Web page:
Probably, my favorite parts were probability and decision theory. But that goes back to my days doing economic analysis and econometrics. I felt like I was partially on terra firma. Partially. I should also disclose I read this in the bath. That is neither here nor there, but I think part of my difficulties with this book might have come from the lack of an oak table, green lamp, and chewed-up pencil.

2 of 2 people found this review helpful

  • Dark Matter and the Dinosaurs

  • The Astounding Interconnectedness of the Universe
  • By: Lisa Randall
  • Narrated by: Carrington MacDuffie
  • Length: 12 hrs and 32 mins
  • Unabridged
  • Overall
    4 out of 5 stars 288
  • Performance
    4.5 out of 5 stars 264
  • Story
    4 out of 5 stars 261

Sixty-six million years ago, an object the size of a city descended from space to crash into Earth, creating a devastating cataclysm that killed off the dinosaurs, along with three-quarters of the other species on the planet. What was its origin? In Dark Matter and the Dinosaurs, Lisa Randall proposes it was a comet that was dislodged from its orbit as the solar system passed through a disk of dark matter embedded in the Milky Way. In a sense it might have been dark matter that killed the dinosaurs.

  • 4 out of 5 stars
  • SOME LIGHT ON DARK MATTER

  • By Ray on 11-22-15

“What is the speed of dark?”

Overall
4 out of 5 stars
Performance
4 out of 5 stars
Story
4 out of 5 stars

Reviewed: 09-28-18

“What is the speed of dark?”
- Lisa Randall, Dark Matter

Lisa Randall is smart. But she is also able to take topics that most people know very little about (dark matter, dark energy, etc) and translate the hard science into books for the unwashed masses. She's good. I believe part of what makes Randall one of a handful of our country's great public intellectuals is her ability to translate and to transfer her specialized knoweldge into books that are largely accesssable to the layman. Also, she is curious. Part of what makes her a phenominal scientist and not just a very good one, is her curiosity beyond her specialized career. She is a theoretical physicist, a cosmologists, a model builder who works well with other theoretical particle physicists and cosmologists. But she doesn't stop there. She is curious about biology, evolution, geology, politics, art, literature, etc. She is a connector. She jumps into fields and links things that might have been easily missed. She sees a periodicity in large meteor hits, makes an argument that links those asteroids to dark matter and builds a model to explain it. She isn't easily kept inside a box.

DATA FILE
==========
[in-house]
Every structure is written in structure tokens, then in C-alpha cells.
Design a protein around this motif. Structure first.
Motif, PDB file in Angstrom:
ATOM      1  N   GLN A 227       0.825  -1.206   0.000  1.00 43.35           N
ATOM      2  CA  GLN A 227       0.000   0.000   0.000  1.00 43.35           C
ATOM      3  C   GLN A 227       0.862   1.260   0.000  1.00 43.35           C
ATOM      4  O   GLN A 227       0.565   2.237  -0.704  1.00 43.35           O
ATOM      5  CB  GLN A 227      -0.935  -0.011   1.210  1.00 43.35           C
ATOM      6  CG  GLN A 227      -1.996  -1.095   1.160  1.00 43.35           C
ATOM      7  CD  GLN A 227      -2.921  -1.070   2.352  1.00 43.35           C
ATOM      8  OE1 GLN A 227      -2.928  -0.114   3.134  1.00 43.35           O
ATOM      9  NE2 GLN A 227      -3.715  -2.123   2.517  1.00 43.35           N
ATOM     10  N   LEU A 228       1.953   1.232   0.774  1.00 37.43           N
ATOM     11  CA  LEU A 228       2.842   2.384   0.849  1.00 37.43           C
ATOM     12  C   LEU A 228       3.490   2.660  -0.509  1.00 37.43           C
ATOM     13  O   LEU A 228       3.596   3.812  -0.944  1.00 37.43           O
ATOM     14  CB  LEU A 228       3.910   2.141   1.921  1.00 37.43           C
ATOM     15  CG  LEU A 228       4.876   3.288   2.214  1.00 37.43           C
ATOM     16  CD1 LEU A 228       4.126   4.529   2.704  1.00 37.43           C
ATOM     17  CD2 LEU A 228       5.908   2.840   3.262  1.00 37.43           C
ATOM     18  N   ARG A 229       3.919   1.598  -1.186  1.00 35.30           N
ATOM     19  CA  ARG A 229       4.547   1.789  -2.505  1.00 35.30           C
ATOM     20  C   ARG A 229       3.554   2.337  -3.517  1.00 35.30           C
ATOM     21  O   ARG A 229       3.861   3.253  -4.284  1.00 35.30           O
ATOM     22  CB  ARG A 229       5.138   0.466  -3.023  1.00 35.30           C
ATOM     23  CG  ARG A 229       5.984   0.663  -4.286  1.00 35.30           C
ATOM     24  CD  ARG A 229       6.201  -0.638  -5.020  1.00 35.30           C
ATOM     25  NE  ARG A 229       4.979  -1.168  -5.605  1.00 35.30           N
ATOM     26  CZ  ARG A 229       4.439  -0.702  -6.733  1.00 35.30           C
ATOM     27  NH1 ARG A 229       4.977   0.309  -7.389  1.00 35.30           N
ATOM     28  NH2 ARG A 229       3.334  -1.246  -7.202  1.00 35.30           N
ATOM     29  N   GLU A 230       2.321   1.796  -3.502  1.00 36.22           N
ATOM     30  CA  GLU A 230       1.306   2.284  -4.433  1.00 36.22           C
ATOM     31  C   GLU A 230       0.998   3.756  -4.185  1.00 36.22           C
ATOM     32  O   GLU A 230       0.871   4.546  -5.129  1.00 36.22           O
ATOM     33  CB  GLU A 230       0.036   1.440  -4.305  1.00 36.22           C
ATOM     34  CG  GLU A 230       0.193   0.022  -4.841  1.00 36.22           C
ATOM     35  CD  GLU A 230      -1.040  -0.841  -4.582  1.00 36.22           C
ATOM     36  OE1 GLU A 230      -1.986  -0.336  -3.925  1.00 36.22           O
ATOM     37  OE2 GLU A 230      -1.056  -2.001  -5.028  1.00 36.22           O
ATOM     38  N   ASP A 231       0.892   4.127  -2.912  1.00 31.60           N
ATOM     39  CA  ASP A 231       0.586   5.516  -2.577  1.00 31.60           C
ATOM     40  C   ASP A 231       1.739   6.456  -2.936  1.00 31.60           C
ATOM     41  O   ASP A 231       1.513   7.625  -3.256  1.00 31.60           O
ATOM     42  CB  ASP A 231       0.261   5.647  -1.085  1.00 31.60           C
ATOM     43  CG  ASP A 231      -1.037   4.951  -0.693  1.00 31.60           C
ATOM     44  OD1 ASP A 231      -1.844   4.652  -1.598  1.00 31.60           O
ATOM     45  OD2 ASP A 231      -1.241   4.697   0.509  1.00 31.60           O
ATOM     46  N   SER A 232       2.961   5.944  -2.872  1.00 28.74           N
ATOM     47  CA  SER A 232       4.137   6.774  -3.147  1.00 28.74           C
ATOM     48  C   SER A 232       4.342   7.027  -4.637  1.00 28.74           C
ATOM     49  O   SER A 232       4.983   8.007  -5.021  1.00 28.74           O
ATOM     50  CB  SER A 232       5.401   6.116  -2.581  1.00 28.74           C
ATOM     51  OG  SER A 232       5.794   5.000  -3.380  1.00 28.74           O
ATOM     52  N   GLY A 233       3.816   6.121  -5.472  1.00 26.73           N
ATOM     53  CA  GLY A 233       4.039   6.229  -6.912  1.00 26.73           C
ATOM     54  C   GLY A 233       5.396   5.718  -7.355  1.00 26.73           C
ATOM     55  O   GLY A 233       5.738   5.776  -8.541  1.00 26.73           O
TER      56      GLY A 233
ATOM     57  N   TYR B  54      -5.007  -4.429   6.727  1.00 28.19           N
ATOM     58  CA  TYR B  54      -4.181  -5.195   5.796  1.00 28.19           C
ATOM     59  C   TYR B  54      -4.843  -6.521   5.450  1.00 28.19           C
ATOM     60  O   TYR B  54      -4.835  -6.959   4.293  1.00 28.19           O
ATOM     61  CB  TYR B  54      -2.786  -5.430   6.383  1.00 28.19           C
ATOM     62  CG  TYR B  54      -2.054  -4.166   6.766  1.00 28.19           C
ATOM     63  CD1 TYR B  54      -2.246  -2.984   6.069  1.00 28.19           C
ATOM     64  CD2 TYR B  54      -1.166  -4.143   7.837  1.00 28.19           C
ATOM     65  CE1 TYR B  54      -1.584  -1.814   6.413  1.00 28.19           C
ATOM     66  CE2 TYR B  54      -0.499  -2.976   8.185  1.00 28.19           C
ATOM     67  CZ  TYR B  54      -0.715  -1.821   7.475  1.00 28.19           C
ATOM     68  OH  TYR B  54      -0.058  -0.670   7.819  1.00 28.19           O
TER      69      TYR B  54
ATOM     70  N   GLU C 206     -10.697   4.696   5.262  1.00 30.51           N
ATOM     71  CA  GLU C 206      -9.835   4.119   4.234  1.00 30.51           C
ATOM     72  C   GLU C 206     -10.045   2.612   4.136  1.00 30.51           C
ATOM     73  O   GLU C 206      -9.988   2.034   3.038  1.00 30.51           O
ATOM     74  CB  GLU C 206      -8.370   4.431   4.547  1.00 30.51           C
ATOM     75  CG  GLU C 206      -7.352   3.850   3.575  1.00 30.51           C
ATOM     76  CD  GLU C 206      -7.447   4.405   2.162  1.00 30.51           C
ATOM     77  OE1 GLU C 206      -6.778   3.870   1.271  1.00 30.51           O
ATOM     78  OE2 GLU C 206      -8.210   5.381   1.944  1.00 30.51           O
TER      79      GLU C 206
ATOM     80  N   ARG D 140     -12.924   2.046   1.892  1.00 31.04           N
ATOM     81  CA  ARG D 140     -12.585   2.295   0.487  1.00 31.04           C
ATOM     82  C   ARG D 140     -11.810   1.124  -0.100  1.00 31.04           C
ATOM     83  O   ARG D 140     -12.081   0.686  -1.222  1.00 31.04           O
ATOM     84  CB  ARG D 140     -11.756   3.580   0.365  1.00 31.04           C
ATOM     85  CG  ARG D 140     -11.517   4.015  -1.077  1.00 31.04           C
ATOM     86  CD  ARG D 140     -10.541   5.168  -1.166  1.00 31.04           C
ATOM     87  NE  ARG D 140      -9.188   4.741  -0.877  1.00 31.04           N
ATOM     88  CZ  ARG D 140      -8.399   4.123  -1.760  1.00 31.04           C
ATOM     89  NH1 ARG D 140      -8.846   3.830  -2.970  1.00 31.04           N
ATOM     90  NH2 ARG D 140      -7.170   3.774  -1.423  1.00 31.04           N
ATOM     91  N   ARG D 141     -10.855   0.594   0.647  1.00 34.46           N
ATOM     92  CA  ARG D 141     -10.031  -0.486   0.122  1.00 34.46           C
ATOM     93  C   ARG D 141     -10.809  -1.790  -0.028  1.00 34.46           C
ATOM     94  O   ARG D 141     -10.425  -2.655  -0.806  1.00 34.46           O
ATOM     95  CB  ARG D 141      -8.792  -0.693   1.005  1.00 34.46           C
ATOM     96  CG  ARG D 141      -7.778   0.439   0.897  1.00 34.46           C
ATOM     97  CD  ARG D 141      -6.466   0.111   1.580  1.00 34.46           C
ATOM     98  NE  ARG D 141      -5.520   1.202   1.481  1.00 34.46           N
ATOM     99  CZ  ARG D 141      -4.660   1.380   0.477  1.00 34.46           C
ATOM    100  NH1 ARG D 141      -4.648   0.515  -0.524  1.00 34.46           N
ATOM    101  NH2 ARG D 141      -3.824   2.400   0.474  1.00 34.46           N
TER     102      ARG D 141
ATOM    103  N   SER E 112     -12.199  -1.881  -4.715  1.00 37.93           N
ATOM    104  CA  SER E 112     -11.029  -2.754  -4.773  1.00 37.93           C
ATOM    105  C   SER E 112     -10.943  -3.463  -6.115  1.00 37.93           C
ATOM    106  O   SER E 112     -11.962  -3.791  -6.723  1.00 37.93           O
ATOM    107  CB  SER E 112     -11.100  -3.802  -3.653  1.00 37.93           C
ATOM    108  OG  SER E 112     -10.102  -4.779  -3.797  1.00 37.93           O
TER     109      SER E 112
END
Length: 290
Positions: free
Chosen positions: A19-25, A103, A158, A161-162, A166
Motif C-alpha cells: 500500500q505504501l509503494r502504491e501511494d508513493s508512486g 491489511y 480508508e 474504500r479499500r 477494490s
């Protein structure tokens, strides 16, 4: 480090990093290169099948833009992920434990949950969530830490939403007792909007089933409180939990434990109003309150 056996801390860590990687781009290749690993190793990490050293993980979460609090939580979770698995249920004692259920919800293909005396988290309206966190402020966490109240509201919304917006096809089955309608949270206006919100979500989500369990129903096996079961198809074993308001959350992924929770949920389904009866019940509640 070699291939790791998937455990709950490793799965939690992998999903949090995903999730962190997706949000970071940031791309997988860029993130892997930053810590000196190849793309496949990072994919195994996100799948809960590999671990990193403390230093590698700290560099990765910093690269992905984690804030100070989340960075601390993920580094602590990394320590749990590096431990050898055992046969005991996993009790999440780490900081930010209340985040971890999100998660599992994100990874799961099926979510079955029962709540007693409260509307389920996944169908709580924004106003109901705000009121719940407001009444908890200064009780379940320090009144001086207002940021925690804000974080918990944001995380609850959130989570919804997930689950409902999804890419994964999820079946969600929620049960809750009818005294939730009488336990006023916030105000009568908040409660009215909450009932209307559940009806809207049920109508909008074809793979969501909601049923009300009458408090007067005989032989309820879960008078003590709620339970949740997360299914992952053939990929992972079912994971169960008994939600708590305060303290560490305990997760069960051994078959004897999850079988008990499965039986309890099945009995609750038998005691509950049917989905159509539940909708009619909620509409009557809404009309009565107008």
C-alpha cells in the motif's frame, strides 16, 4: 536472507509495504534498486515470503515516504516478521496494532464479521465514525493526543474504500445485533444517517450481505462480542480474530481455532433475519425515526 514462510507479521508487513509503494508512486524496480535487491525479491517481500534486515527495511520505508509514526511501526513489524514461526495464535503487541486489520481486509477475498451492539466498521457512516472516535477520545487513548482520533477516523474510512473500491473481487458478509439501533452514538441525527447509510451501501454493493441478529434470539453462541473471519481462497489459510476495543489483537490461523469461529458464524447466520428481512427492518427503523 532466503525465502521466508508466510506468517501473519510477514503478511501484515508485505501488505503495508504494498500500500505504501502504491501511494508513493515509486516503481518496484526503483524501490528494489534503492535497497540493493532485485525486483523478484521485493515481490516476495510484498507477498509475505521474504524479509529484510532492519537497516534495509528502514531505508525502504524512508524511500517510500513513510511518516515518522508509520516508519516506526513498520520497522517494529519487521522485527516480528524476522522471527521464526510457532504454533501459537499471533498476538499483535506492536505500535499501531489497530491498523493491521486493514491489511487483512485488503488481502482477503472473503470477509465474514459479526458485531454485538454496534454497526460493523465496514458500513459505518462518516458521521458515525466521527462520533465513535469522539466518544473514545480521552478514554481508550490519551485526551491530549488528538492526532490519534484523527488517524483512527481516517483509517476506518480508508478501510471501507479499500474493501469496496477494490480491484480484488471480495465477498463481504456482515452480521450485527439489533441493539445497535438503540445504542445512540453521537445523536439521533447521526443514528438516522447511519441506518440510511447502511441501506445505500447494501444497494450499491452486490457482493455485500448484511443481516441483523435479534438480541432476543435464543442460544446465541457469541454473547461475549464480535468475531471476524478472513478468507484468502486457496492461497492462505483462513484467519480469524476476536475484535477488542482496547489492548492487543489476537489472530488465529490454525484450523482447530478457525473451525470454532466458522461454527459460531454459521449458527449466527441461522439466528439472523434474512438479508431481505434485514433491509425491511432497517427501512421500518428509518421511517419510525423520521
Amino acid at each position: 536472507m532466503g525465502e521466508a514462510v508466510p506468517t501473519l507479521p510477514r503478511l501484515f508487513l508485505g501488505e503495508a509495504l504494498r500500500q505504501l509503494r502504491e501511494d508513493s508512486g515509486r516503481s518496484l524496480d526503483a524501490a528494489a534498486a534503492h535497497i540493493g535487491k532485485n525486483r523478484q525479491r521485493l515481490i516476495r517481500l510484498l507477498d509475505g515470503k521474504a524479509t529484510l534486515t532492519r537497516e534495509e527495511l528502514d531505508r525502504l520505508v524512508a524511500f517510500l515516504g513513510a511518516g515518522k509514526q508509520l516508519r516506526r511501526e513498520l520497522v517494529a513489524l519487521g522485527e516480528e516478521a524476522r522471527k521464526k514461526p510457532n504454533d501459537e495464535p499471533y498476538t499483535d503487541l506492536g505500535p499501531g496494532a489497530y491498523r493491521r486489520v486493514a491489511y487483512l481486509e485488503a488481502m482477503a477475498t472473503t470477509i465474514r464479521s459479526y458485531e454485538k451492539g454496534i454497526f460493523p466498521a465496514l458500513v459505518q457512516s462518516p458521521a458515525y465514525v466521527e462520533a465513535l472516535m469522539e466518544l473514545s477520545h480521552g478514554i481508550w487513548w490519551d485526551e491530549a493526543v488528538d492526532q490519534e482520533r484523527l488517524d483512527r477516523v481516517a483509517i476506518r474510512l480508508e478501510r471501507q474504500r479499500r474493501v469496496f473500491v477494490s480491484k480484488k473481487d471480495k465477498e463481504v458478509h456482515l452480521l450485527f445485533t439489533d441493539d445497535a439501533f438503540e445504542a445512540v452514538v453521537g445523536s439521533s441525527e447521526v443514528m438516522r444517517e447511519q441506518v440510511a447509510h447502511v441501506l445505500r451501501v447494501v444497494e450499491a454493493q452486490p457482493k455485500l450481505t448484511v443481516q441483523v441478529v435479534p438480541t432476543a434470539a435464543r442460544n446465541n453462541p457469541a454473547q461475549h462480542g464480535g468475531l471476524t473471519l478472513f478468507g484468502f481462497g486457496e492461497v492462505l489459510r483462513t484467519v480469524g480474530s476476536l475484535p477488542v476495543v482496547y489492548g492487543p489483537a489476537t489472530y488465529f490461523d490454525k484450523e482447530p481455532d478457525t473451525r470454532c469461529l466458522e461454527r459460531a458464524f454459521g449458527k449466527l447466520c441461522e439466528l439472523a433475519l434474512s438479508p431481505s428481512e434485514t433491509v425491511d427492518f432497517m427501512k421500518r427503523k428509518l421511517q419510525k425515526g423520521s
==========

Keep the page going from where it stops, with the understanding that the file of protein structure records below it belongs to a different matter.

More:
Last year I was able to spend a couple days with her when my sister hosted her and some friends in Idaho for the totality. It was amazing to watch some basic standard physics (moon blocking the sun) with one of the most cited living physicists. I was literally in the dark with a dark matter expert.

At first with the book, I wasn't sure where she was going. She obviously needed to lay some basic groundwork about how the univeres was structured, what dark matter was, etc., but then she jumped into a discussion of meteors and comets, mass extinctions, and then we were back to discussing dark matter. But she pulled it off. She carefully laid the table to explain the contributions she made concerning dark matter. One of the things I loved about her writing was she was constantly reinforcing the importance of science, EVEN WHEN IT IS SHOWN LATER TO BE WRONG. Randall loves the idea of science more than even her own ideas. It is easy to adore someone who humbles themselves to the possibility of their theory being wrong, and uses that to further embrace the scientific method. I guess I'll let Lisa have the last work to summarize this book:

"This book is about the seemingly abstract stuff such as dark matter that I study, but it is also about the Earth’s relationships to its cosmic surroundings."

2 of 2 people found this review helpful

  • Fear

  • Trump in the White House
  • By: Bob Woodward
  • Narrated by: Robert Petkoff
  • Length: 12 hrs and 20 mins
  • Unabridged
  • Overall
    4.5 out of 5 stars 13,189
  • Performance
    4.5 out of 5 stars 11,843
  • Story
    4.5 out of 5 stars 11,774

With authoritative reporting honed through eight presidencies from Nixon to Obama, author Bob Woodward reveals in unprecedented detail the harrowing life inside President Donald Trump’s White House and precisely how he makes decisions on major foreign and domestic policies. Woodward draws from hundreds of hours of interviews with firsthand sources, meeting notes, personal diaries, files, and documents. The focus is on the explosive debates and the decision-making in the Oval Office, the Situation Room, Air Force One, and the White House residence.